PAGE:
Formosa the Ugly?

Formosa the Ugly?
Photo Credit: 秋惠文庫

By Chiya Elle/Ketagalan Media

When I returned from my trip to Peru, I enthusiastically showed a picture of Agua Calientes, a serene, little town nestled at the foot of Machu Picchu to my boss. He left me perplexed when he exclaimed, “Oh my God, what a dump!” Then I realized that he was utterly appalled by the cheap steel structures which the Taiwanese eyes have been trained to automatically crop out of sight. I wonder what he would say about the streets of Taiwan, a supposedly developed country.

IMF ranks Taiwan as one of the most advanced economies in Asia, with high purchasing power parity and a poverty rate impressively low at 1.5% as of 2012. Yet, for a pretty rich girl, Taiwan sure doesn’t dress like it.

Exposed electrical chords, and streaky concrete or tiled façades decorated with blindingly colorful neon signs on the corner of every visual frame, adorn Taiwan’s poorly planned cities. If you manage to escape the chaos of the cities into the mountains, you are likely to be immediately confronted by makeshift structures of metal sheets and plastic, or Chinese-opera style gazebos painted in a red I cannot describe except with the word menstrual. My personal all time favorite man-made atrocity is the bamboo railings commonly spotted on hikes or country roads. They are thick, they’re concrete, and they’re painted as bamboos. Considering the light and shadow depicted by a combination of spring green and forest green, one simply cannot say that an effort has not been made to convince people that they were real bamboos, oddly attached to wood (also concrete).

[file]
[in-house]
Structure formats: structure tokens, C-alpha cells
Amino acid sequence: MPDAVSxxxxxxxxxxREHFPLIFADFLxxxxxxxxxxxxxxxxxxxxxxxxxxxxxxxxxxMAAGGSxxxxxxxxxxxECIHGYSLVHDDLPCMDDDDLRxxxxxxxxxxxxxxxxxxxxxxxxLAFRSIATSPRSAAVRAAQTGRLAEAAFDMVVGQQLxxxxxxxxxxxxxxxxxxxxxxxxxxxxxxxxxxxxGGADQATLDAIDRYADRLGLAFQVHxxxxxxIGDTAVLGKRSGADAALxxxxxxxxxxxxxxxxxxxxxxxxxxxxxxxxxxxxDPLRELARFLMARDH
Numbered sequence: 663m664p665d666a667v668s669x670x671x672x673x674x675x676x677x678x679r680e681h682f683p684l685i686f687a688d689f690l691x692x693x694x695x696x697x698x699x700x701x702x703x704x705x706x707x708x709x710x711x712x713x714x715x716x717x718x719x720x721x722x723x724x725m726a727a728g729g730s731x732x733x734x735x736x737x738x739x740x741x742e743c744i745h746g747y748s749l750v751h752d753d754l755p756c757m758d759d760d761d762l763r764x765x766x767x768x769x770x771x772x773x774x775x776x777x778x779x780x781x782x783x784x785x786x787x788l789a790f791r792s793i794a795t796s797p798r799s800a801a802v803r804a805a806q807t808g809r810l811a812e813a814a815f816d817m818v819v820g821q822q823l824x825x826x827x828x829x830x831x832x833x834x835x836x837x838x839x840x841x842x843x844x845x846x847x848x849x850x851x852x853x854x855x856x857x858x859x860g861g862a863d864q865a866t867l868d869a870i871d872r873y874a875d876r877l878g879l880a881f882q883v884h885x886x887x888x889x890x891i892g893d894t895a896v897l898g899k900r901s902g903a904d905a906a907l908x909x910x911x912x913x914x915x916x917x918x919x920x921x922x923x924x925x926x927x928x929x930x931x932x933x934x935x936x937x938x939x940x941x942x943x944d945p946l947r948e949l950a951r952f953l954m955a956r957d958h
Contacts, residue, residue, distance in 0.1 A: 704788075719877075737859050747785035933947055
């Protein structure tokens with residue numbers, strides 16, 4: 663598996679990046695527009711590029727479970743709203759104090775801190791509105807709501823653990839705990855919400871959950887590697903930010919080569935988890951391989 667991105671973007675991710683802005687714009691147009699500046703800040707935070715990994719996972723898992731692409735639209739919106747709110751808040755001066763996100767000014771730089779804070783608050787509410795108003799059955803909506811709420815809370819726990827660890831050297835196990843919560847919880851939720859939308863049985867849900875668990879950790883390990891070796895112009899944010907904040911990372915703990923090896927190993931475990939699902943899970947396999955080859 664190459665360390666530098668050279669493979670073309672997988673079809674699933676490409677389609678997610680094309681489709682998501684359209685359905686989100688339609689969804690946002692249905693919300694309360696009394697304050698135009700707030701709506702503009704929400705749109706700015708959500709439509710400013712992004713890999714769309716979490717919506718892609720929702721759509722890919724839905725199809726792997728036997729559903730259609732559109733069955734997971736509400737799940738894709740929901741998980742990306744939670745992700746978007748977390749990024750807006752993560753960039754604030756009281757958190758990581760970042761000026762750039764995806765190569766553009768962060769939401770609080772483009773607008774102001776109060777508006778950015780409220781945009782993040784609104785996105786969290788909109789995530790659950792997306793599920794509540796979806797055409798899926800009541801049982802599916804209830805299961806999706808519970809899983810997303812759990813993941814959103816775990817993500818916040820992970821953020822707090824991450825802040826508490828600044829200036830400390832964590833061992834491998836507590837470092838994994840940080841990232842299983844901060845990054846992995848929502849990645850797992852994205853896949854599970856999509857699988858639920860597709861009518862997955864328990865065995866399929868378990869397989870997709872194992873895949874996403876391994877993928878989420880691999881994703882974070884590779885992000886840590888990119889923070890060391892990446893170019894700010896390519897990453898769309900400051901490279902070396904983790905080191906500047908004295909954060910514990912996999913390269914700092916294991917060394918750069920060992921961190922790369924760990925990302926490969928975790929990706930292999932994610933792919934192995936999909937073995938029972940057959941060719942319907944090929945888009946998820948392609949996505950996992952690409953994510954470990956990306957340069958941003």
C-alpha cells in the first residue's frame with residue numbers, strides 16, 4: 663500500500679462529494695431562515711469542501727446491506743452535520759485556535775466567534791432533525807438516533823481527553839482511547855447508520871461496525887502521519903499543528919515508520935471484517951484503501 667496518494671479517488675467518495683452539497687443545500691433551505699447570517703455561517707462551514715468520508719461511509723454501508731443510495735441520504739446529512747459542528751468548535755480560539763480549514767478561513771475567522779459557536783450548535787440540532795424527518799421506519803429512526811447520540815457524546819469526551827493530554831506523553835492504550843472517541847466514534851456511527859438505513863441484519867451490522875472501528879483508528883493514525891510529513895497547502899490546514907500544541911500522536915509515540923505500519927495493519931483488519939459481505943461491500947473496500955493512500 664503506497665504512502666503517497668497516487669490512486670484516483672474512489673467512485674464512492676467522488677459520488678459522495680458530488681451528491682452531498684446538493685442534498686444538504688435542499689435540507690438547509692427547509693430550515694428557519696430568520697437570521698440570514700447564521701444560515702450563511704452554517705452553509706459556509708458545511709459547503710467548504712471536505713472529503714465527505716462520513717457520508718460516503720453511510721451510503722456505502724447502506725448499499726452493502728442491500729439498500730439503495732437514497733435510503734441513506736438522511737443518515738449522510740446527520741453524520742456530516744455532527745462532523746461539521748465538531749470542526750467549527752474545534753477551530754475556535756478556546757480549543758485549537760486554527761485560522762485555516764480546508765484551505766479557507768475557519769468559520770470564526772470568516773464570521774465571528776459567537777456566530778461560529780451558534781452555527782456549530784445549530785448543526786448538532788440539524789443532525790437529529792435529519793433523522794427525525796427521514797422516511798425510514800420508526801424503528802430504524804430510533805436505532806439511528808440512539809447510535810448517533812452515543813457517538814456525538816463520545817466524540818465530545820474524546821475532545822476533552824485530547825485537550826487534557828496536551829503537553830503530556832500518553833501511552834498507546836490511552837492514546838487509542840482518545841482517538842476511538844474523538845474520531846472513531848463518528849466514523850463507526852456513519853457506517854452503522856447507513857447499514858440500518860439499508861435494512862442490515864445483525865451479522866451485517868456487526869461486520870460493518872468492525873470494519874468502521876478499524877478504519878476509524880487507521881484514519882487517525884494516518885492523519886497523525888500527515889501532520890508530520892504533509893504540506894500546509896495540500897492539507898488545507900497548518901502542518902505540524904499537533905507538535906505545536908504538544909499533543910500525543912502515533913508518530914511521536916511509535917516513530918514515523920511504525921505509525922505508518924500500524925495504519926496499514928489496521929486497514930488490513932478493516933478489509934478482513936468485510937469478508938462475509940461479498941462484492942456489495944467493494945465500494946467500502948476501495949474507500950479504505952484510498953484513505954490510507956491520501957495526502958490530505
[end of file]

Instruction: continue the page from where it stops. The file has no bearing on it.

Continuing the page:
Dadaocheng. Photo Credit: Chiya Elle/Ketagalan Media

Dadaocheng. Photo Credit: Chiya Elle/Ketagalan Media

Taiwan’s Architectural History

The most self-evident truth about Taiwan’s architecture is that its cultural heritage is confused. When the Japanese arrived in Taiwan in the late 1800s, they proceeded to rid Taiwan of its Han heritage by dismantling Qing era structures such as the Taipei city west gate, and only abolished the plan to tear down the other four gates due to strong protests. The Japanese began their plan of modernizing Taiwan, which included building railways, public clinics, and schools. The colonial government intended to model Taichung after Kyoto due to the similarity of their river embankments. Now, those who have been to both Kyoto and Taichung would struggle to spot their resemblance though, and that’s because before Kyoto could happen, the KMT arrival happened.

The News Lens international edition has been authorized to repost part of this article. The full piece is published on Ketagalan Media here: Formosa the Ugly?

First Editor: Olivia Yang
Second Editor: